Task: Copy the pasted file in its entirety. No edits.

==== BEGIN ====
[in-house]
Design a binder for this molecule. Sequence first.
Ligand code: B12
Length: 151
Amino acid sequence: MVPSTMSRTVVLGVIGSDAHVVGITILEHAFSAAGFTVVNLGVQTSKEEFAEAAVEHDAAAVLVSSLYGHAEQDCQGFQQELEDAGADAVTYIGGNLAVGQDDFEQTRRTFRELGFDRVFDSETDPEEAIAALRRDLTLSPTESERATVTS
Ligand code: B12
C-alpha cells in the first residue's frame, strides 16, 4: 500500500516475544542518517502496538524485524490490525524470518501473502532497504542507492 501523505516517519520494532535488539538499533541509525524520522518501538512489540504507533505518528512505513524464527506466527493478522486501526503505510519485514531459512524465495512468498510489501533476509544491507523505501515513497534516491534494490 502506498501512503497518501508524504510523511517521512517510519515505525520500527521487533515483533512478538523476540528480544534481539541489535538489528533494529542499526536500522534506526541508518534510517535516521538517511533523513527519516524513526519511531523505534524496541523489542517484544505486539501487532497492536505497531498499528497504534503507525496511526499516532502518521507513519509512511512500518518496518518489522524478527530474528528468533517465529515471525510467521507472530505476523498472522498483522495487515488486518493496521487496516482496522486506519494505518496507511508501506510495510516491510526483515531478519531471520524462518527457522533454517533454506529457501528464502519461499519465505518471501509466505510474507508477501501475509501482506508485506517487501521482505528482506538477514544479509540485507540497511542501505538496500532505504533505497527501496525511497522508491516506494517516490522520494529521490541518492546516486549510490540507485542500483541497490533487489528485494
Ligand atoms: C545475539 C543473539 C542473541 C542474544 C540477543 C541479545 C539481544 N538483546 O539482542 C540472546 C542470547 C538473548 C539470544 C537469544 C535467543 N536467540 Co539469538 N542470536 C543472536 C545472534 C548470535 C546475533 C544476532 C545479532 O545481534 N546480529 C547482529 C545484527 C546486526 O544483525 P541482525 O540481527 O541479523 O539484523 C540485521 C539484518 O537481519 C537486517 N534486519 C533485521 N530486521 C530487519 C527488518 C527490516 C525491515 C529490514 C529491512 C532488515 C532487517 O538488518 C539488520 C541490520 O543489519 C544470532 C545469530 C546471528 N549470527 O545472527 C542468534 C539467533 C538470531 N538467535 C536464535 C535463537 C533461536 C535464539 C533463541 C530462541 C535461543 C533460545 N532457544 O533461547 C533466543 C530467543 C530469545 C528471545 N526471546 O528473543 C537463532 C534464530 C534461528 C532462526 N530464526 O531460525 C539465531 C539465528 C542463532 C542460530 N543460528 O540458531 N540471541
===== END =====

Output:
[in-house]
Design a binder for this molecule. Sequence first.
Ligand code: B12
Length: 151
Amino acid sequence: MVPSTMSRTVVLGVIGSDAHVVGITILEHAFSAAGFTVVNLGVQTSKEEFAEAAVEHDAAAVLVSSLYGHAEQDCQGFQQELEDAGADAVTYIGGNLAVGQDDFEQTRRTFRELGFDRVFDSETDPEEAIAALRRDLTLSPTESERATVTS
Ligand code: B12
C-alpha cells in the first residue's frame, strides 16, 4: 500500500516475544542518517502496538524485524490490525524470518501473502532497504542507492 501523505516517519520494532535488539538499533541509525524520522518501538512489540504507533505518528512505513524464527506466527493478522486501526503505510519485514531459512524465495512468498510489501533476509544491507523505501515513497534516491534494490 502506498501512503497518501508524504510523511517521512517510519515505525520500527521487533515483533512478538523476540528480544534481539541489535538489528533494529542499526536500522534506526541508518534510517535516521538517511533523513527519516524513526519511531523505534524496541523489542517484544505486539501487532497492536505497531498499528497504534503507525496511526499516532502518521507513519509512511512500518518496518518489522524478527530474528528468533517465529515471525510467521507472530505476523498472522498483522495487515488486518493496521487496516482496522486506519494505518496507511508501506510495510516491510526483515531478519531471520524462518527457522533454517533454506529457501528464502519461499519465505518471501509466505510474507508477501501475509501482506508485506517487501521482505528482506538477514544479509540485507540497511542501505538496500532505504533505497527501496525511497522508491516506494517516490522520494529521490541518492546516486549510490540507485542500483541497490533487489528485494
Ligand atoms: C545475539 C543473539 C542473541 C542474544 C540477543 C541479545 C539481544 N538483546 O539482542 C540472546 C542470547 C538473548 C539470544 C537469544 C535467543 N536467540 Co539469538 N542470536 C543472536 C545472534 C548470535 C546475533 C544476532 C545479532 O545481534 N546480529 C547482529 C545484527 C546486526 O544483525 P541482525 O540481527 O541479523 O539484523 C540485521 C539484518 O537481519 C537486517 N534486519 C533485521 N530486521 C530487519 C527488518 C527490516 C525491515 C529490514 C529491512 C532488515 C532487517 O538488518 C539488520 C541490520 O543489519 C544470532 C545469530 C546471528 N549470527 O545472527 C542468534 C539467533 C538470531 N538467535 C536464535 C535463537 C533461536 C535464539 C533463541 C530462541 C535461543 C533460545 N532457544 O533461547 C533466543 C530467543 C530469545 C528471545 N526471546 O528473543 C537463532 C534464530 C534461528 C532462526 N530464526 O531460525 C539465531 C539465528 C542463532 C542460530 N543460528 O540458531 N540471541